Fast disease progression in simian HIV-infected female macaque is accompanied by a robust local inflammatory innate immune and microbial response

Wuze Ren, Yingfei Ma, Liying Yang, Agegnehu Gettie, January Salas, Kasi Russell, James Blanchard, Amy Davidow, Zhiheng Pei, Theresa L. Chang, Cecilia Cheng-Mayer

Research output: Contribution to journalArticle

10 Citations (Scopus)

Abstract

Objective: Gender differences in immune response and the rate of disease progression in HIV-infected individuals have been reported but the underlying mechanism remains unclear, in part because of the lack of relevant animal models. Here, we report a novel nonhuman primate model for investigation of sex disparity in HIV disease progression. Design/methods: Viral load and rate of disease progression were evaluated in rhesus macaques infected intrarectally with lineage-related subtype C R5 simian HIVs. Cytokine/chemokine levels in rectal swab eluates, and bacterial species adherent to the swabs and in the feces were determined. Results: Simian HIV-infected female rhesus macaques progressed faster to AIDS than male macaques, recapitulating the sex bias in HIV-1 disease in humans. There were no significant differences in the levels of soluble immune mediators in the rectal mucosa of naive female and male macaques. However, an exploratory longitudinal study in six infectedmacaques indicates that the femalemacaquesmountedanearlier andmore robust proinflammatory skewed rectal immune response to infection. Moreover, expansion of Proteobacteria that increase in other intestinal inflammatory disorders was significantly higher in the rectal mucosa of female than male macaques during acute infection. Conclusion: These findings suggest that sex differences in local innate immune activation and compositional shifts in the gut microbiota could be the drivers of increased disease susceptibility in female macaques. Further studies with this novel nonhuman primate model of HIV infection could lead to innovative research on gender differences, which may have important therapeutic implications for controlling disease in infected men as well as women.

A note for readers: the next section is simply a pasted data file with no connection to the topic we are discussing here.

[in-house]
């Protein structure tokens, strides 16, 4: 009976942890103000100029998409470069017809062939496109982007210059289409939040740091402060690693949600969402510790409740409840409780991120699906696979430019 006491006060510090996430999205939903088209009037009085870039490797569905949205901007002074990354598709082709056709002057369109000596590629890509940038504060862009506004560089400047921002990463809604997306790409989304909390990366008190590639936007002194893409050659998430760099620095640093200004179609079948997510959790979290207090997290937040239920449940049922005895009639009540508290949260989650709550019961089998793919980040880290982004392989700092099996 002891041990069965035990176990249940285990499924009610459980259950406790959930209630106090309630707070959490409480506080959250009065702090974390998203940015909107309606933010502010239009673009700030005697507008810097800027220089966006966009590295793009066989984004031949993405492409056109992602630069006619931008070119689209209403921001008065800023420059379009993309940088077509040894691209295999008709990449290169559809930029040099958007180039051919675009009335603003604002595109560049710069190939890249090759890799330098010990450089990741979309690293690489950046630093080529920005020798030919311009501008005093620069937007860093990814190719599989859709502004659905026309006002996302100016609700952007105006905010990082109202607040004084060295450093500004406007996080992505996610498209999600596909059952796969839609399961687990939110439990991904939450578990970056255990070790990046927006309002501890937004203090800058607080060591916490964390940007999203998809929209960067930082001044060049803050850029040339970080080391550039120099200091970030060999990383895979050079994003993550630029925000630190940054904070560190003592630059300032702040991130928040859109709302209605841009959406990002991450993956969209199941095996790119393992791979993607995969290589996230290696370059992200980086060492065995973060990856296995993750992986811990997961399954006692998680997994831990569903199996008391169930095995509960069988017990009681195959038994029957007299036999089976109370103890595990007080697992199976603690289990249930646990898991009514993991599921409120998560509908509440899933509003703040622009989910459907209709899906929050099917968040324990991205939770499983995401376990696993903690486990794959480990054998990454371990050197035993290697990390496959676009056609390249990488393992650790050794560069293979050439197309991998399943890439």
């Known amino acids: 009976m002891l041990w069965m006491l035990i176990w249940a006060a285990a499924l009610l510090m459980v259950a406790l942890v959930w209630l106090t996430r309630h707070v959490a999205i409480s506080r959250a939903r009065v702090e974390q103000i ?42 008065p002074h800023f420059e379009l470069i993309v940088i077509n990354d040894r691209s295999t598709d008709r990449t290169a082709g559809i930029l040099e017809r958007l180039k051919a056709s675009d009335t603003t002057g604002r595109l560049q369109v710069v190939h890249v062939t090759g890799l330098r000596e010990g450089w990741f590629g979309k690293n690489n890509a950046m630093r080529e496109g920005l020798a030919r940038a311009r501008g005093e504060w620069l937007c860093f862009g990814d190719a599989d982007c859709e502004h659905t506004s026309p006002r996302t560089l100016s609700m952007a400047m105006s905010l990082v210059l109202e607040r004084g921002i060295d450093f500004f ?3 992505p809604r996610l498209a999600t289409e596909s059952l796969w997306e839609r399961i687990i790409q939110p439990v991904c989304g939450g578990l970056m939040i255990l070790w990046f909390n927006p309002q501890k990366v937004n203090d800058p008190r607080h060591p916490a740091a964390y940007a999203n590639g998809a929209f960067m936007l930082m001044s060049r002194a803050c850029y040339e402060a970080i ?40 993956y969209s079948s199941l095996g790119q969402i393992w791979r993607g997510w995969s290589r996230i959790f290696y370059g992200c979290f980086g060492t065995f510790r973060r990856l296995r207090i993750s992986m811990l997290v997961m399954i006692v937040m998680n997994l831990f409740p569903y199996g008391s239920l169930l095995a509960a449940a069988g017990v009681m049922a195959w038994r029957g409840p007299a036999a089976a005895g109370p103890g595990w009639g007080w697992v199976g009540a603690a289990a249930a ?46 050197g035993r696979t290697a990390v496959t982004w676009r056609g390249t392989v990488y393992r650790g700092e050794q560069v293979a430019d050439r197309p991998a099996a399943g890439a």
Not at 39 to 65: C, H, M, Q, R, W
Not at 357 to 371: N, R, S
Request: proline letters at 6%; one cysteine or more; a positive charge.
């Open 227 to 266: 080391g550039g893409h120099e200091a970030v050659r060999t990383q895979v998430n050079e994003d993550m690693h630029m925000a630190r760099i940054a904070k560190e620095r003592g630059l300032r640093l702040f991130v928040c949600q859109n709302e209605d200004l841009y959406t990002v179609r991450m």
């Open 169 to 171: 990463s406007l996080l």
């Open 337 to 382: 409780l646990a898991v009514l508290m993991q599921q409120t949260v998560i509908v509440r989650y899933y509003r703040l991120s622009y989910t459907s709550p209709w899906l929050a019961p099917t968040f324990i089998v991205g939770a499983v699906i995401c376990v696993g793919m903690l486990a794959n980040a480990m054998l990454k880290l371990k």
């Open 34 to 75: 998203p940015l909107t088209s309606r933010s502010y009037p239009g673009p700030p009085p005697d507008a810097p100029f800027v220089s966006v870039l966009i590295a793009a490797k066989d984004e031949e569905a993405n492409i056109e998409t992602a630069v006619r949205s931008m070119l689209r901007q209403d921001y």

Original languageEnglish (US)
Pages (from-to)F1-F8
JournalAIDS
Volume29
Issue number10
DOIs
StatePublished - Jun 19 2015

Fingerprint

Macaca
Innate Immunity
Disease Progression
HIV
Macaca mulatta
Primates
Mucous Membrane
Sexism
Proteobacteria
Disease Susceptibility
Infection
Viral Load
Chemokines
Feces
Sex Characteristics
HIV Infections
Longitudinal Studies
HIV-1
Acquired Immunodeficiency Syndrome
Animal Models

All Science Journal Classification (ASJC) codes

  • Immunology and Allergy
  • Immunology
  • Infectious Diseases

Keywords

  • Gut microbiome response
  • Regional innate immunity
  • Sex disparity
  • Simian HIV pathogenesis

Cite this

Ren, Wuze ; Ma, Yingfei ; Yang, Liying ; Gettie, Agegnehu ; Salas, January ; Russell, Kasi ; Blanchard, James ; Davidow, Amy ; Pei, Zhiheng ; Chang, Theresa L. ; Cheng-Mayer, Cecilia. / Fast disease progression in simian HIV-infected female macaque is accompanied by a robust local inflammatory innate immune and microbial response. In: AIDS. 2015 ; Vol. 29, No. 10. pp. F1-F8.
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Fast disease progression in simian HIV-infected female macaque is accompanied by a robust local inflammatory innate immune and microbial response. / Ren, Wuze; Ma, Yingfei; Yang, Liying; Gettie, Agegnehu; Salas, January; Russell, Kasi; Blanchard, James; Davidow, Amy; Pei, Zhiheng; Chang, Theresa L.; Cheng-Mayer, Cecilia.

In: AIDS, Vol. 29, No. 10, 19.06.2015, p. F1-F8.

Research output: Contribution to journalArticle

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AU - Ren, Wuze

AU - Ma, Yingfei

AU - Yang, Liying

AU - Gettie, Agegnehu